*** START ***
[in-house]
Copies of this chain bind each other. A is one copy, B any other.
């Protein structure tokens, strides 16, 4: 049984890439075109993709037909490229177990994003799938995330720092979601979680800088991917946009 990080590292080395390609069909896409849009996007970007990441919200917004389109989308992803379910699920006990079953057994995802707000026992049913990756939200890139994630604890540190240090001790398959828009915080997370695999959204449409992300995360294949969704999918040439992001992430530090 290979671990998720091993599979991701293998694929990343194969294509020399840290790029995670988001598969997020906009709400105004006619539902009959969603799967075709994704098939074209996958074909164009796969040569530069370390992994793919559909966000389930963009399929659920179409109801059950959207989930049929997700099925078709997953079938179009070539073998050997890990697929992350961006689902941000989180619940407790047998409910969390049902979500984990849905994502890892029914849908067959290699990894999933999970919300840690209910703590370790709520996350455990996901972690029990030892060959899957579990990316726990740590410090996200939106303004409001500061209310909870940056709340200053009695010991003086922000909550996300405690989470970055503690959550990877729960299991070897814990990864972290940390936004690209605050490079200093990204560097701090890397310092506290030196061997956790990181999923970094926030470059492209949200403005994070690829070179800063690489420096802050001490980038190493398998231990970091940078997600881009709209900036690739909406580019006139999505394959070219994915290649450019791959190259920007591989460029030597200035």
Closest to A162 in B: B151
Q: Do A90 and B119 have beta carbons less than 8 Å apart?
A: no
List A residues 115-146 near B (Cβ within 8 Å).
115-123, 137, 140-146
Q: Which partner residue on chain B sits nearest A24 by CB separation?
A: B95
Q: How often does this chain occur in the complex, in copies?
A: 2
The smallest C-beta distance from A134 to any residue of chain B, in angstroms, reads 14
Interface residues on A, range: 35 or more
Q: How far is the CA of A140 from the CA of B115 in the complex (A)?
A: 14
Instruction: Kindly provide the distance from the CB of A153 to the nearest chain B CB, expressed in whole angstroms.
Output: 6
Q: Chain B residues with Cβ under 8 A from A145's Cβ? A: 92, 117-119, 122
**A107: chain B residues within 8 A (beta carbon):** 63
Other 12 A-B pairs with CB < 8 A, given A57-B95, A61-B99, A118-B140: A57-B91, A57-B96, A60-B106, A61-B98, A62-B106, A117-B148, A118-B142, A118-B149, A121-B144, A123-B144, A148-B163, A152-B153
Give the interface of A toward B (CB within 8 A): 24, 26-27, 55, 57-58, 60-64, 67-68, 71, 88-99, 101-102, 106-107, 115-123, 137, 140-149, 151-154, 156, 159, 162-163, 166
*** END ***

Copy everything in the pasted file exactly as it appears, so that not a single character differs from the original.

[in-house]
Copies of this chain bind each other. A is one copy, B any other.
């Protein structure tokens, strides 16, 4: 049984890439075109993709037909490229177990994003799938995330720092979601979680800088991917946009 990080590292080395390609069909896409849009996007970007990441919200917004389109989308992803379910699920006990079953057994995802707000026992049913990756939200890139994630604890540190240090001790398959828009915080997370695999959204449409992300995360294949969704999918040439992001992430530090 290979671990998720091993599979991701293998694929990343194969294509020399840290790029995670988001598969997020906009709400105004006619539902009959969603799967075709994704098939074209996958074909164009796969040569530069370390992994793919559909966000389930963009399929659920179409109801059950959207989930049929997700099925078709997953079938179009070539073998050997890990697929992350961006689902941000989180619940407790047998409910969390049902979500984990849905994502890892029914849908067959290699990894999933999970919300840690209910703590370790709520996350455990996901972690029990030892060959899957579990990316726990740590410090996200939106303004409001500061209310909870940056709340200053009695010991003086922000909550996300405690989470970055503690959550990877729960299991070897814990990864972290940390936004690209605050490079200093990204560097701090890397310092506290030196061997956790990181999923970094926030470059492209949200403005994070690829070179800063690489420096802050001490980038190493398998231990970091940078997600881009709209900036690739909406580019006139999505394959070219994915290649450019791959190259920007591989460029030597200035």
Closest to A162 in B: B151
Q: Do A90 and B119 have beta carbons less than 8 Å apart?
A: no
List A residues 115-146 near B (Cβ within 8 Å).
115-123, 137, 140-146
Q: Which partner residue on chain B sits nearest A24 by CB separation?
A: B95
Q: How often does this chain occur in the complex, in copies?
A: 2
The smallest C-beta distance from A134 to any residue of chain B, in angstroms, reads 14
Interface residues on A, range: 35 or more
Q: How far is the CA of A140 from the CA of B115 in the complex (A)?
A: 14
Instruction: Kindly provide the distance from the CB of A153 to the nearest chain B CB, expressed in whole angstroms.
Output: 6
Q: Chain B residues with Cβ under 8 A from A145's Cβ? A: 92, 117-119, 122
**A107: chain B residues within 8 A (beta carbon):** 63
Other 12 A-B pairs with CB < 8 A, given A57-B95, A61-B99, A118-B140: A57-B91, A57-B96, A60-B106, A61-B98, A62-B106, A117-B148, A118-B142, A118-B149, A121-B144, A123-B144, A148-B163, A152-B153
Give the interface of A toward B (CB within 8 A): 24, 26-27, 55, 57-58, 60-64, 67-68, 71, 88-99, 101-102, 106-107, 115-123, 137, 140-149, 151-154, 156, 159, 162-163, 166